14 of 19 people found the following review helpful
A disappointing failure to achieve an important objective.,
This review is from: Netocracy: The New Power Elite and Life after Capitalism (Paperback)This book is seriously disappointing.
I share the authors' frustration at the levels of public debate about the so-called digital future - much of it, as they say, characterised by "ignorance and childishness". Like them, I am tired of "the intoxicated optimists" and "the gloomy pessimists". Current developments in information technology and, in particular, their impact on society are of great importance. They merit the disciplined analysis that the blurb suggests the book will provide: "Digging deeper and wider than any previous effort into what the information revolution really means..." But it fails to deliver what it promises.
What we get instead is a book that is itself ignorant in its review of the historical antecedents of modern society and childish in its treatment of how information technology is changing the world: long on assertion but short on analysis, and curiously obsessed with class war and status. Perhaps I should have been warned by the title: "Netocracy" - rather too often, strange made-up words (and this book is stuffed with them) herald woolly thinking. But when, only a few pages into the Introduction, up came the dreaded "paradigm shift", I suspected trouble. And I got it.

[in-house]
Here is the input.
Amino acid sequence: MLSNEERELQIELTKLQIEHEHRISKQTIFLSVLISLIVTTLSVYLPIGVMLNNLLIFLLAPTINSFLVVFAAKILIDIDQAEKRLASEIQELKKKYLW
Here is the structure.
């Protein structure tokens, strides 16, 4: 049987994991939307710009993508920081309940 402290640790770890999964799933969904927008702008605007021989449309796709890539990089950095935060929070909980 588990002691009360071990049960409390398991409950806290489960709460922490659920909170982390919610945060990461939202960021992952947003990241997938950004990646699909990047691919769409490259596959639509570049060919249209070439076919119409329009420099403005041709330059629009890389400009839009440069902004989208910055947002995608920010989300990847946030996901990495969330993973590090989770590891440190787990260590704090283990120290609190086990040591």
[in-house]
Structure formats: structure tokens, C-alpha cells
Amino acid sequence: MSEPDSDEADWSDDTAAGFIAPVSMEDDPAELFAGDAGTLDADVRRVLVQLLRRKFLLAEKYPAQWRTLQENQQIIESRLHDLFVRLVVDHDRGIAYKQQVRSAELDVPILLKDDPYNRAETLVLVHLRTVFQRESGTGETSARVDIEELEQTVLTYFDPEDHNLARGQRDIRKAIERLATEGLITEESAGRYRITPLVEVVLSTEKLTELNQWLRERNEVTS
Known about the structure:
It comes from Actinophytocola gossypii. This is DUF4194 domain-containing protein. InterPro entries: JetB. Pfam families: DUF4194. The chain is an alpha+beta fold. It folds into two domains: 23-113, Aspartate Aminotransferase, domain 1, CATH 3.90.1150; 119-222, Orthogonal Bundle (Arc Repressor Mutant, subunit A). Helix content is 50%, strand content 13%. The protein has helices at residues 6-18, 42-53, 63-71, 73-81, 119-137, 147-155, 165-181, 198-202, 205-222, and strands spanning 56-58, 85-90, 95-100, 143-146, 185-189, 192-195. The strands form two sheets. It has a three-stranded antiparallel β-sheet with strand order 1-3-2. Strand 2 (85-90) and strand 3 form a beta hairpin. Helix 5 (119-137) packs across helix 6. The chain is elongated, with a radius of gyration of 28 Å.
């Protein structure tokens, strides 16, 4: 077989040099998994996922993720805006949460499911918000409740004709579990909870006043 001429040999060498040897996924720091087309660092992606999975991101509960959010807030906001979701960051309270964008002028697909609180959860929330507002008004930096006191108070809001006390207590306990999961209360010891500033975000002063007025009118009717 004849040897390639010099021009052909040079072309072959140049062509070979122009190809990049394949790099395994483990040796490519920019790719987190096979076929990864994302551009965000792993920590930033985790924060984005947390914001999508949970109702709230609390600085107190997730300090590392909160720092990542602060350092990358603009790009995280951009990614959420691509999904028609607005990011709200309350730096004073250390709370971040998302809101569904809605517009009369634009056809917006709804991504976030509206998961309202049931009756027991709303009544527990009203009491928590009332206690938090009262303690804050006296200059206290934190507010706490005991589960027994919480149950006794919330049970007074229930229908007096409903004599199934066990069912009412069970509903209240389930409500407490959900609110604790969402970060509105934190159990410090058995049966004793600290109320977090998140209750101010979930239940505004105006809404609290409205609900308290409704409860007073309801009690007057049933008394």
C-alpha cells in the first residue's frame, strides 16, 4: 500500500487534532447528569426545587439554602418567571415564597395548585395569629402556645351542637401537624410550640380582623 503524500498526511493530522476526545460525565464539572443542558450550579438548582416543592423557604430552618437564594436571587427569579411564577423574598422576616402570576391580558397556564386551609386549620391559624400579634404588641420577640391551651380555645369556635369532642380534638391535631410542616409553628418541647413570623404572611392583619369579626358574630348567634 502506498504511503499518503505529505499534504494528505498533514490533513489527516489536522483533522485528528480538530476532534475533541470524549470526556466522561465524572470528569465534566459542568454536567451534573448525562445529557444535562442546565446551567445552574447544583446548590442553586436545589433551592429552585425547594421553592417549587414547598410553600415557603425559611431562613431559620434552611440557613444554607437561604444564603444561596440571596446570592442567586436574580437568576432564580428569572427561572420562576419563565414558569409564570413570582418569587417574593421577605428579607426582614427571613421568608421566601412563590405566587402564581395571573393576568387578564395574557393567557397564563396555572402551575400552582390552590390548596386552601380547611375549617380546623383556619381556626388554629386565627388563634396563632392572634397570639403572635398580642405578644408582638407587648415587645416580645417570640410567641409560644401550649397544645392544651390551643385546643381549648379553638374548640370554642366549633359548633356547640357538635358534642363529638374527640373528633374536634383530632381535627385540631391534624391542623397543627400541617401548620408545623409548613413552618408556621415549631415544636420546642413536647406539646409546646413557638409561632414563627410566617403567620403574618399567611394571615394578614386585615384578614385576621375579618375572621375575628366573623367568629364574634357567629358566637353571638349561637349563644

The book's central and simplistic assertion is this: just as the feudal system, where the aristocracy had power over the peasants, was ousted (in a paradigm shift) by the capitalist system where the bourgeoisie had power over the proletariat, so (in another paradigm shift) the capitalist system is today being ousted by the "informationalist" system where the "netocracy" has power over the "consumtariat". And, surprise, we are told that the new elite, the "netocrats", are those who, rather like our authors, have good communication and social skills, are media-savvy and know how to network, how to distinguish useful information from nonsense, how to overcome "outdated individualism" and how to manipulate the poor old consumtariat.
Media-focused networkers undoubtedly have great influence in Western society. And it may well be growing. But, if they are as muddled as are the authors of this book, the assertion that they are becoming the new power elite is a serious case of wishful thinking. Dream on.